Monitor your health with Serology Testing.
Serologic tests focus on proteins made within the immune system to fight off “intruders” like viruses and bacteria.
The results of serologic tests performed at a clinical laboratory can help doctors accurately diagnose various diseases and determine whether or not certain treatments are effective.
Serologic tests focus on proteins made within the immune system to fight off “intruders” like viruses and bacteria. The results of serologic tests performed at a clinical laboratory can help doctors accurately diagnose various diseases and determine whether or not certain treatments are effective.
Why Serologic Testing is Needed
Serologic testing is performed to look for antibodies in the immune system. Antibodies are blood proteins the immune system produces in response to antigens that get into the body through the nose, mouth, or other openings. Common antigens that may trigger a response from the immune system include fungi, viruses, parasites, and bacteria. Serologic testing may be needed to:
- Identify the specific type of antigen triggering a response from the immune system
- Determine whether or not the body is mistakenly attacking healthy tissues
- Evaluate the effectiveness of various medications meant to help the immune system fend off intruders
How Serologic Testing is Done
Serologic testing is performed on a blood sample that’s either taken at a clinical lab or sent to a lab for analysis. The sample can be collected by inserting a needle into the skin or with a lancet, the preferred method for younger children or patients who have an aversion to needles.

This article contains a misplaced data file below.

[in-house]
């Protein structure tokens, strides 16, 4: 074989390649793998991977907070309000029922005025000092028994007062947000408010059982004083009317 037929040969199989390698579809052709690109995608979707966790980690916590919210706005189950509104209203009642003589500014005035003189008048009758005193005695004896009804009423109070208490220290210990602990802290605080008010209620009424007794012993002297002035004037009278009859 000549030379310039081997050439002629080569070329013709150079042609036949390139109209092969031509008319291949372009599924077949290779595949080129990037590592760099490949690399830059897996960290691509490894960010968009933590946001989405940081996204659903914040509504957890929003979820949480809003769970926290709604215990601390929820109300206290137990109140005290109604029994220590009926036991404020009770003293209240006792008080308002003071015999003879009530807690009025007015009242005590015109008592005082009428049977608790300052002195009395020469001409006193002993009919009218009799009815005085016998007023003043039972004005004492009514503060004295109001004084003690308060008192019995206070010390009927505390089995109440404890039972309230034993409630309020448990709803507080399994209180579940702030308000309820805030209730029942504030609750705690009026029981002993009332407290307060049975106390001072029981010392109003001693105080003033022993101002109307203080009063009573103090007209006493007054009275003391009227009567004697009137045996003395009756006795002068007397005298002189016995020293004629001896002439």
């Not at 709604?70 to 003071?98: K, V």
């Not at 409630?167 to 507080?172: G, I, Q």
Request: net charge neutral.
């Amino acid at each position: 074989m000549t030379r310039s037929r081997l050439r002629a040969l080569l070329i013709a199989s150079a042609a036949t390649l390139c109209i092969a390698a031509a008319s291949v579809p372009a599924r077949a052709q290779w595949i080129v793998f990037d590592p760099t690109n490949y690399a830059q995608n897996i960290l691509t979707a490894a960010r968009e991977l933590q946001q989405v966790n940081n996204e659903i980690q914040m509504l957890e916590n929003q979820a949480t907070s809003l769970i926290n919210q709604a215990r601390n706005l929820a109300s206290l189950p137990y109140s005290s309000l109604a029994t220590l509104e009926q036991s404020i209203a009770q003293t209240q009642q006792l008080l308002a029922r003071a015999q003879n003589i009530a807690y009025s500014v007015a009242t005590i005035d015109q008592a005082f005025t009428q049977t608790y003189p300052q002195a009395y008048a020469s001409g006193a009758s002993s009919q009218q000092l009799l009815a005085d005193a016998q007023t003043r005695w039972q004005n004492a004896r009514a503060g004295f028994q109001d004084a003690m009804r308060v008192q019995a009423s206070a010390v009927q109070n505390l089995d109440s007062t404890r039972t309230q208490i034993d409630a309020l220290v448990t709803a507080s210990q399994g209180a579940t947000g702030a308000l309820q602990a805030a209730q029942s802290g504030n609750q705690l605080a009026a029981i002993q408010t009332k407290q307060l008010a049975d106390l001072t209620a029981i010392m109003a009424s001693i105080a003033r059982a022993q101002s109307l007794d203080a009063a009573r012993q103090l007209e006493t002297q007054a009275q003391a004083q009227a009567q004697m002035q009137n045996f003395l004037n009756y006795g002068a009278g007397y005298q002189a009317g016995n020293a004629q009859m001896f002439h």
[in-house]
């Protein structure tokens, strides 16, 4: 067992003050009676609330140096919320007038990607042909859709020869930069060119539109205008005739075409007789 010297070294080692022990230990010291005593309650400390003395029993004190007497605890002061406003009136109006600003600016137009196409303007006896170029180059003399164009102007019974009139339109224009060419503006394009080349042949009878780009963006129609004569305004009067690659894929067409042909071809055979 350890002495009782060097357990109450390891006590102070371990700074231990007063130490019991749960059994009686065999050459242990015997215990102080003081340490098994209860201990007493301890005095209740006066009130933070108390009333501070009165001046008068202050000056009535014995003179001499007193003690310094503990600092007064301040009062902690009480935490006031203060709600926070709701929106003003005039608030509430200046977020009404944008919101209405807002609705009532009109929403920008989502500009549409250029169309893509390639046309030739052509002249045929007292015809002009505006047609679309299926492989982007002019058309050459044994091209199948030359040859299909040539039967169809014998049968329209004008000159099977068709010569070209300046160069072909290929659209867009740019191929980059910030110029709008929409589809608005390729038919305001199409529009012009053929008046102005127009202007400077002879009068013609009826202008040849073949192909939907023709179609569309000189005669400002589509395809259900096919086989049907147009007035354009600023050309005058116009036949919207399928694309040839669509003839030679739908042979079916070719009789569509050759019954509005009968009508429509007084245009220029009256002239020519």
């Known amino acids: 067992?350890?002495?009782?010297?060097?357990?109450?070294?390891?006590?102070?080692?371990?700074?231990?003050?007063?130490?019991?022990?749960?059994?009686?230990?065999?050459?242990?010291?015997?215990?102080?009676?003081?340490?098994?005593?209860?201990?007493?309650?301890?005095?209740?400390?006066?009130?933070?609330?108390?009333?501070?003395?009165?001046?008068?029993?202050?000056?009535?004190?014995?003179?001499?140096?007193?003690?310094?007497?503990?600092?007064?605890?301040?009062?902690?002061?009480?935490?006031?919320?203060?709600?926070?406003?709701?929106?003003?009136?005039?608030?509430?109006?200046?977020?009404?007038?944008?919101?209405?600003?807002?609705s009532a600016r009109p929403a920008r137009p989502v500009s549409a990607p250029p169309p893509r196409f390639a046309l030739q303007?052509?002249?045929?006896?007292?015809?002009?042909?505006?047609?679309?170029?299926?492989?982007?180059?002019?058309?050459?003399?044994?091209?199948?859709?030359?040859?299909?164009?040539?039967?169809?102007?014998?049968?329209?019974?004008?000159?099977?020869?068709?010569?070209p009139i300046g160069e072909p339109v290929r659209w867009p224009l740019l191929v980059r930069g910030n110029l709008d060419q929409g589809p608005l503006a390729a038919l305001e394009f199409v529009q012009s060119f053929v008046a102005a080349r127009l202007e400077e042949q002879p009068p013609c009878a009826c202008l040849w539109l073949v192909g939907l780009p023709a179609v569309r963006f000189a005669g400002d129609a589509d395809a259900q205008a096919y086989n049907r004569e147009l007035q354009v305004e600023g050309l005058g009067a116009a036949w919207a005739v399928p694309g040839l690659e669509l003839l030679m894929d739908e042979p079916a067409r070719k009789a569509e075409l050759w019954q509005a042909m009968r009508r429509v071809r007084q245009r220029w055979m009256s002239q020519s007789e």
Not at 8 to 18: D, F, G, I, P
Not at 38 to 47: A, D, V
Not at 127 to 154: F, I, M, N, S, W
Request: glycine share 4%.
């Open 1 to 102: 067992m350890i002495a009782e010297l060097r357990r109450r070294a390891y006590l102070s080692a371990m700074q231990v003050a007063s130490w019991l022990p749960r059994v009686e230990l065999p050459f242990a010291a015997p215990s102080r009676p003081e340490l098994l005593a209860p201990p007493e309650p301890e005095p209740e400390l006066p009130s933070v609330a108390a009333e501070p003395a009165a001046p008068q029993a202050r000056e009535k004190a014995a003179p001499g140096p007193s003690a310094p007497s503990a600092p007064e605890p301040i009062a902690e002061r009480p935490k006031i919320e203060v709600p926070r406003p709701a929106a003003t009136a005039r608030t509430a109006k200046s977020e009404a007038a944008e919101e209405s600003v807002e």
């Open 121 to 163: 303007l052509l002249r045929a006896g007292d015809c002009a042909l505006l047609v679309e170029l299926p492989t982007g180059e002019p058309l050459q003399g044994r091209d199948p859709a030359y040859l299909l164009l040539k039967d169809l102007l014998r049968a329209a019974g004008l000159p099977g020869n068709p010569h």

Types of Serologic Tests Performed
Various tests will be performed on samples in order to identify possible antibodies. Multiple tests are often needed due to the diverse nature of antigens.
An agglutination assay is a test that looks for a behavior within the immune system known as particle clumping. It’s an action that sometimes occurs in response to exposure to certain antigens.
A precipitation test is done to determine if the antigens present in a sample are similar. The test measures for the presence of various antibodies in fluids. Related tests include the Ouchterlony (double diffusion) and Mancini test.
Antimicrobial antibodies may be identified with the Western blot test. It’s usually a follow-up test done to evaluate the reaction to specific antigens. For instance, the test may be used to confirm that a patient has the HIV virus or Lyme disease.
Interpreting Serologic Testing Results
Normal results for a serologic test will show no antibodies at all. This means the patient does not have a current or former infection. Antibodies present in a sample indicate that the patient’s body is fighting some type of infection or virus. Results may determine if a patient has conditions such as:
- Autoimmune diseases
- Fungal infections
- Parasitic conditions, like amebiasis
- Measles or rubella
- Bacteria-based conditions, like brucellosis
By providing this testing service, we help medical professionals and patients receive the answers they need to make appropriate treatment decisions.